1. I think what bothers me is when people treat characters – men OR women – as formulas. “They’re this literary stereotype, so they need to act in this way.” I think a lot of him a nature is lost when you take away the idea that characters can choose their fates, rather than follow the script.

  2. I think a lot of the time authors just panic and then fold under the pressure. I remember once spending a couple of hours reading up which was more ‘feminist’ – having my female MC wear a skirt or trousers. That was when I realised that, actually, it’s actually not that hard to define a well-rounded woman. She’s just someone that has her own views, tastes, opinions and flaws, and does what is within her power to resolve/fight against/flee a situation. It’s not misogynist to have your female MC cry – it’s misogynist to ignore the context of the story and her character and resort to gender stereotypes (like the fearless tribal leader who breaks down and cries because the villain tells her that her eyeliner makes her eyes look too big).

    • I know a fearless leader like that. Fortunately (?), he’s a dude.

      It’s true, though — just letting your characters be their own people goes a long way toward affording them strength.

  3. A really interesting discussion. I tend to have trouble with female characters as well. Like you, my male characters are just so much more compelling to me, more fun to hang out with, lol. And I hate reading the girl charries that throw a fit every time someone opens a door for them because they can do it themselves. Finding the balance between doormat of a girl and uber tough girl isn’t easy sometimes. I think one of the main issues I’ve seen (and I do it myself too often) is thinking of the female character as just the love interest / object of obsession for one or more of the guys. All the girls are dedicated to is wanting to land a man. While society does lead us to believe we are nothing if we’re not part of a couple, we have to be a full person ourselves with interests and foibles of our own outside our worth as a date. It seems a lot of female characters in books and tv are victims of the same bias.

    There’s a song out now that is raising similar questions in the country music field, “Girl in a Country Song” by Maddie & Tae complaining about how women are viewed in the recent flavor of country music. While the song doesn’t do much for me, they raise a good point. All those songs about picking up chicks and making out in your truck don’t exactly inspire us. And the few female stars really only get attention depending on how hot the latest video is.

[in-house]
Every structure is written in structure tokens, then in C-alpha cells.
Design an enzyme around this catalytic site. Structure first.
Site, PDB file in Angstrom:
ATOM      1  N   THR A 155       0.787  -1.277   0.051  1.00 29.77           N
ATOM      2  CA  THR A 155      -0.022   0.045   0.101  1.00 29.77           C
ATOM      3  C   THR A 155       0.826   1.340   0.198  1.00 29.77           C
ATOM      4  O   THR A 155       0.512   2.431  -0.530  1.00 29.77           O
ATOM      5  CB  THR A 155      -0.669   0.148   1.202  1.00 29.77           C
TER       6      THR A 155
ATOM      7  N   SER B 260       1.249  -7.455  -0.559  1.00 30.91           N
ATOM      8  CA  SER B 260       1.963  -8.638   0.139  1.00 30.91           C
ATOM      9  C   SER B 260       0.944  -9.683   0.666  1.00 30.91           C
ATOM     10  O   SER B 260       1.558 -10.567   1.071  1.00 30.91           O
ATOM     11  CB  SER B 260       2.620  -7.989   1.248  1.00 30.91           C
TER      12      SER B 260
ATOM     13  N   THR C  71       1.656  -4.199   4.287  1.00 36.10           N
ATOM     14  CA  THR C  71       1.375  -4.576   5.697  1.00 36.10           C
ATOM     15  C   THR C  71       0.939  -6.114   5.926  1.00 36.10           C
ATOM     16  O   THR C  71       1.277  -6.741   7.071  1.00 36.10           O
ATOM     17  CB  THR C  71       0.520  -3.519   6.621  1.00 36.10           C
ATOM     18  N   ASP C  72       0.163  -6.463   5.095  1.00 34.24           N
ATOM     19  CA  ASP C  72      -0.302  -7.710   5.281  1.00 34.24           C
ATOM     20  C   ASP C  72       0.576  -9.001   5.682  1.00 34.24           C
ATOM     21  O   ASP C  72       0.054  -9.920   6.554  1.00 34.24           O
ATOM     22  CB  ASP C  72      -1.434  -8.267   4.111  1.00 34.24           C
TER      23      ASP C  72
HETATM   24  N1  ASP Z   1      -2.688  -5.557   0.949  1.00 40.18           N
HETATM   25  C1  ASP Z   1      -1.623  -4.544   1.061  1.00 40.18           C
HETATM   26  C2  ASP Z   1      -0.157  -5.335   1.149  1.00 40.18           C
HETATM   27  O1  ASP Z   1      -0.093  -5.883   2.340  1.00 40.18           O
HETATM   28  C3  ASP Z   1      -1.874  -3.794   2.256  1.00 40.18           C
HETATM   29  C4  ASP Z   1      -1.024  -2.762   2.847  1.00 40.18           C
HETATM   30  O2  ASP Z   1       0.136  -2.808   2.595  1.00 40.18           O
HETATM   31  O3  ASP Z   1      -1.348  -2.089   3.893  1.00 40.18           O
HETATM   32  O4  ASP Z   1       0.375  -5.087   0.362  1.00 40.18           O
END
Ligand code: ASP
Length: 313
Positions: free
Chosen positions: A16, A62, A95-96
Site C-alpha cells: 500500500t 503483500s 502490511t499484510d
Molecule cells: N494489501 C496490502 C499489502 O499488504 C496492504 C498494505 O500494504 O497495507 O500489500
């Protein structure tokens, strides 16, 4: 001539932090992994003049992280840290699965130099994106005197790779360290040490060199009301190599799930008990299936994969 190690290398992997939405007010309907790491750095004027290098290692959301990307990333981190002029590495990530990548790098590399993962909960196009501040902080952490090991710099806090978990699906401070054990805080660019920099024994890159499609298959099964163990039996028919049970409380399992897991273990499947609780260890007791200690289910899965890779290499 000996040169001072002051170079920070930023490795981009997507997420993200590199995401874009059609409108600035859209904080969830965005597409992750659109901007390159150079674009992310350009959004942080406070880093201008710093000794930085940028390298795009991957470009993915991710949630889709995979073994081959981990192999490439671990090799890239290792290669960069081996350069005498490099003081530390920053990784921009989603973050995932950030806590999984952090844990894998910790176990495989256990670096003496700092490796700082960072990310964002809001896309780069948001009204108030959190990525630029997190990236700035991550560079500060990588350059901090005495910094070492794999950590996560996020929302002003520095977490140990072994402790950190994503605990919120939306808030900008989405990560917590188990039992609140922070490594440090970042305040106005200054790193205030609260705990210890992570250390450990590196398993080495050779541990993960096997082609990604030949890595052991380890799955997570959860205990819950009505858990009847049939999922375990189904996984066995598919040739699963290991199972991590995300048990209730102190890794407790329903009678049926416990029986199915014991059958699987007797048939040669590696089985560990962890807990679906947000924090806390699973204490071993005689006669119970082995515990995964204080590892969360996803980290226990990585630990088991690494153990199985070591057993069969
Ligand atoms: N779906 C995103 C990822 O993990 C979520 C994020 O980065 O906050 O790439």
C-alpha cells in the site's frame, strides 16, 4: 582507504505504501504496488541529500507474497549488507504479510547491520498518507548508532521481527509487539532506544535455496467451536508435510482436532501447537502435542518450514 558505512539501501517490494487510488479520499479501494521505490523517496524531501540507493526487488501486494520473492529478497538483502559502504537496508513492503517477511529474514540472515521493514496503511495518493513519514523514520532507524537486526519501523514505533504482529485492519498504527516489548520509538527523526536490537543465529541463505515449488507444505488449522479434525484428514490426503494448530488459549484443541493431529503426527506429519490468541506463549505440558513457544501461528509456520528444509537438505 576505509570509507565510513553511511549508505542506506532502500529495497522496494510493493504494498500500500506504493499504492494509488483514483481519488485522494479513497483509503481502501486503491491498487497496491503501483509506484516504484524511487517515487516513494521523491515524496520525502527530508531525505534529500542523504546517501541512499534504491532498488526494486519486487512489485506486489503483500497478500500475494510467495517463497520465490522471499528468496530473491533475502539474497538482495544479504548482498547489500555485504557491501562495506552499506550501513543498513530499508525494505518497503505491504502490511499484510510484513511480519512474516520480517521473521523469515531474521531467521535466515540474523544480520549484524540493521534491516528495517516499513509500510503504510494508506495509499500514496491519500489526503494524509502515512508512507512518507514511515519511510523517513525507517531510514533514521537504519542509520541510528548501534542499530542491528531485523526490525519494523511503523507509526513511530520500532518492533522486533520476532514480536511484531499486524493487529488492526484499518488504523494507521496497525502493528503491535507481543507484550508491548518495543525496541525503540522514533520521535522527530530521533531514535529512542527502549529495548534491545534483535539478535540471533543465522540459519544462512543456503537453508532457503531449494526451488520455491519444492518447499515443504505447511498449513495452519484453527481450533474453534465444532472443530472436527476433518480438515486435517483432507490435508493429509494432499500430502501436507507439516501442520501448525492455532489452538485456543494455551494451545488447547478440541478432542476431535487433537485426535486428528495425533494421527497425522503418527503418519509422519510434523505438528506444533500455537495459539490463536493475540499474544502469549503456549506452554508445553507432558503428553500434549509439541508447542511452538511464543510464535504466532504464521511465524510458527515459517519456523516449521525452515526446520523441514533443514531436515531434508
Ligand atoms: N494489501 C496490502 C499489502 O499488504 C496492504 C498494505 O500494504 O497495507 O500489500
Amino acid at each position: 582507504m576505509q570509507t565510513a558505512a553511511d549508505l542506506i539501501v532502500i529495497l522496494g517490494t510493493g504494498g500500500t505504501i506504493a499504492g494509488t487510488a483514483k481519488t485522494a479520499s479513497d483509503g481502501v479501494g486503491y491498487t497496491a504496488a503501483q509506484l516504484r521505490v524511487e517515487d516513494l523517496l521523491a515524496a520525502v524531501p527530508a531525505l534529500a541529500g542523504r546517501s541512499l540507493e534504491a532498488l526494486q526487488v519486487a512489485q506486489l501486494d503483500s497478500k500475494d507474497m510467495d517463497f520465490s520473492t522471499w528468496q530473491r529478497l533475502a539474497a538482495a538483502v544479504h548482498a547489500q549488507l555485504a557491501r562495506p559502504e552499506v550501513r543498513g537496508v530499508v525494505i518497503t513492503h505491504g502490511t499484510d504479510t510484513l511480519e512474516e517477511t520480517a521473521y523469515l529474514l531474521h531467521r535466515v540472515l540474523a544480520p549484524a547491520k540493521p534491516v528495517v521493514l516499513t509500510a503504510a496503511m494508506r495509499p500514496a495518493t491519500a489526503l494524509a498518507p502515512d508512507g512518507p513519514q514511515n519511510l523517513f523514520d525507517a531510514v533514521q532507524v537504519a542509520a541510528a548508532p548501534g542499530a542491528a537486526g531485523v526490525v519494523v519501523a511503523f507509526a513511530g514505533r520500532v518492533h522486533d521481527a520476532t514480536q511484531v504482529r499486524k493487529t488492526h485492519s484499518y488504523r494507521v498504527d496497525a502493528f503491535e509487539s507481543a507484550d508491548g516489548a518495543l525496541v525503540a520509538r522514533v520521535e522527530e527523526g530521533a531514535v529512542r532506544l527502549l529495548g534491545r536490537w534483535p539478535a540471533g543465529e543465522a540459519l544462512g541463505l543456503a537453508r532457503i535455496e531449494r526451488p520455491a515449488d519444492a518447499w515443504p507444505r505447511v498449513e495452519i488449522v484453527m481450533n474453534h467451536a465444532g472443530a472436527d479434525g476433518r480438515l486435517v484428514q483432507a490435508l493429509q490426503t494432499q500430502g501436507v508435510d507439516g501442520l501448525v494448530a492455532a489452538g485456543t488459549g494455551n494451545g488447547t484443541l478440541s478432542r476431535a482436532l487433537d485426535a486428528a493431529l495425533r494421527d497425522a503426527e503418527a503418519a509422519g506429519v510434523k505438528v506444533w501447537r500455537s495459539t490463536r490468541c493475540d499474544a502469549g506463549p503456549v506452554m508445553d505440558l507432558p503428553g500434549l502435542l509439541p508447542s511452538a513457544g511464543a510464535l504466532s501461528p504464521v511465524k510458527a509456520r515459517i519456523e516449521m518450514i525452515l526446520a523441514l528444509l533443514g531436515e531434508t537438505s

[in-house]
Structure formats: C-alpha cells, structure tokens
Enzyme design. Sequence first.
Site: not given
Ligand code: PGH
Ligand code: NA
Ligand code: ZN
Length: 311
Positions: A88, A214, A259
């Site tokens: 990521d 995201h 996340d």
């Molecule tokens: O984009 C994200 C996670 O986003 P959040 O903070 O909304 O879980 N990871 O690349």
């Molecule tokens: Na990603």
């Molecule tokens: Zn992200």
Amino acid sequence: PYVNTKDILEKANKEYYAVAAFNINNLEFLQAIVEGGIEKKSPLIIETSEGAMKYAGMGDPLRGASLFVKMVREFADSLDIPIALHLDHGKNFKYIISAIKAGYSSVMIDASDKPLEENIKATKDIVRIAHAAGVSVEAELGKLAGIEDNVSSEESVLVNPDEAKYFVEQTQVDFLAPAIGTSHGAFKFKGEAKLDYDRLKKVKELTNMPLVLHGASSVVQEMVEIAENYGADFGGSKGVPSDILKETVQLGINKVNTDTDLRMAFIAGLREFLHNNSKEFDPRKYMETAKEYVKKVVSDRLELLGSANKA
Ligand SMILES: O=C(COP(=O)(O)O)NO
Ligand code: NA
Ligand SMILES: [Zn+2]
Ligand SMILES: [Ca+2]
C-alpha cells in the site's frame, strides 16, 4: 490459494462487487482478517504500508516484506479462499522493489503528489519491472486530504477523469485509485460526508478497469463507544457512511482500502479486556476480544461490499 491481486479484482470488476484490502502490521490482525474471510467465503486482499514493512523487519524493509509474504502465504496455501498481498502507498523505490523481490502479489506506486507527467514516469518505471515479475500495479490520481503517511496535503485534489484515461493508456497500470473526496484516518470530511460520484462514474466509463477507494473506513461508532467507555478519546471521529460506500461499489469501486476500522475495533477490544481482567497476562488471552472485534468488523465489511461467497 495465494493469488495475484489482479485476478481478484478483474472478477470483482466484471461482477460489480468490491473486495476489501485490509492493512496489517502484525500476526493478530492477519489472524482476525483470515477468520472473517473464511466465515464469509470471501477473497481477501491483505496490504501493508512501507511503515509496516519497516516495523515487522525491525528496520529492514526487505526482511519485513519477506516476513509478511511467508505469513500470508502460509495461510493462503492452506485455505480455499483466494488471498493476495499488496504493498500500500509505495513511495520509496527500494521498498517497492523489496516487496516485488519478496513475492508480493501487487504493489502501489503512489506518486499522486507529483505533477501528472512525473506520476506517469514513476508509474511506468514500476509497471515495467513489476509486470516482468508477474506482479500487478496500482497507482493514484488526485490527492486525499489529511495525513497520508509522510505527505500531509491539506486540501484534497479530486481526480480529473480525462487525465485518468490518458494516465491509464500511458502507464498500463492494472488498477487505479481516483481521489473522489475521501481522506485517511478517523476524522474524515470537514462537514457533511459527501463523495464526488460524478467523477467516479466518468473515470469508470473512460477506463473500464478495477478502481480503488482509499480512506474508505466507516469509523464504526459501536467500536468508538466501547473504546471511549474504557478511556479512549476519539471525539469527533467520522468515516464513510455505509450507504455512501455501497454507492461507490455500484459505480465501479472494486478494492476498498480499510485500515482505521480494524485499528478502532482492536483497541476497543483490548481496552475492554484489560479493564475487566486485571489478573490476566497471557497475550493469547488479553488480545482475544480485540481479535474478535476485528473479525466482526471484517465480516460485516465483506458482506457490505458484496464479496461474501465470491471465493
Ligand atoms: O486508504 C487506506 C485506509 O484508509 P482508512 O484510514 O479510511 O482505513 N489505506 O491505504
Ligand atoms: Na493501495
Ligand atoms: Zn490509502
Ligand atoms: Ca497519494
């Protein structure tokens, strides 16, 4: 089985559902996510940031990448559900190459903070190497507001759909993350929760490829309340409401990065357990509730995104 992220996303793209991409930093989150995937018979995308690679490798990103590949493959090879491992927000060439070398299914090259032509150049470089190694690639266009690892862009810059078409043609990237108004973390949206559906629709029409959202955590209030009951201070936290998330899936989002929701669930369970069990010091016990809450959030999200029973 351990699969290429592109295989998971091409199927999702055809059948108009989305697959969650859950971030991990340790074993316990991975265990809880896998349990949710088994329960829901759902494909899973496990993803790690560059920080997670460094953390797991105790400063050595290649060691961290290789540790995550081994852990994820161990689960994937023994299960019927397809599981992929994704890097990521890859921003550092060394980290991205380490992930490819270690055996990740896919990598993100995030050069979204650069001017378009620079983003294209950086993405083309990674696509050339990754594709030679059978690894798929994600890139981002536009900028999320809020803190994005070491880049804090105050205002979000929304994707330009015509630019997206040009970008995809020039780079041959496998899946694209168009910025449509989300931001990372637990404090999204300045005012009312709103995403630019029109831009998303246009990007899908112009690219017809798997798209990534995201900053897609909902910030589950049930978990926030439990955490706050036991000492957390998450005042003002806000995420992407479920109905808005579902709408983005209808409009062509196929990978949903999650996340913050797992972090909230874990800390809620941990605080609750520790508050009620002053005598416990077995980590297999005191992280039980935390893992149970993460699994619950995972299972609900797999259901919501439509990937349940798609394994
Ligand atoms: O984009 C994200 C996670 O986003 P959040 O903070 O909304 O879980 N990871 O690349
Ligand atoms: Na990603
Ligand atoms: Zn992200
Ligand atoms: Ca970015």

I don’t know the best solution — other than writing the best, most well-rounded female characters possible — and it’s not going to happen over night. But I am glad to see the discussions. It can only improve our writing, our music or what-have-you.

    • Oh yes, I have too often fallen into the trap of viewing my girls as little/nothing more than potential pair-ups for the guys. In my sorry defense, I’ve treated a number of guy characters the same way. -_- In either case, it’s a cheap way to go, and does no one any favors. It’s all very well and fun to play matchmaker, but to make one good couple, you’ve got to start with two whole individuals.

  4. Women readers and writers are hard on a female MC, because they want to feel as if they can identify with her, without compromising their own Weltanschauung. But they’re conflicted about this, because they’re also in competition with the love interest for possession of the heart-throb. It’s fun to write and read about the kind of man they’d like to have babies with, but it’s threatening to think about the kind of woman who is good enough to get him, because despite identifying with her, that woman is not themselves.

    • Hmm. I don’t know that I’m in touch enough with my personal convoluted psychology to make a quick judgment on how accurate this is for me, so I’ll continue to mull it over. Thanks for the food for thought. (:

  5. Wow, I really love the idea about rewriting them as the opposite gender. Personally, I hate reading female leads, I think because they are always so stereotypical. I almost stopped reading Mocking Jay because she got on my nerves so much, and I did put Allegiant down and never picked it back up for the same reason. The female lead was depressed and whiny. I don’t hang out with girls like that in real life, so why would I want to spend my free time doing so? Come to think of it, Breaking Dawn would have been just as bad, except the author was smart and skipped over that part of the heroine’s life in the book. Anyway, here’s an idea: one could brainstorm a personality trait list for the stereotypical female, and then turn it on its head when writing character. Come to think of it, that might make a good writing prompt. If I blog about it, do you mind if I link back to your post here?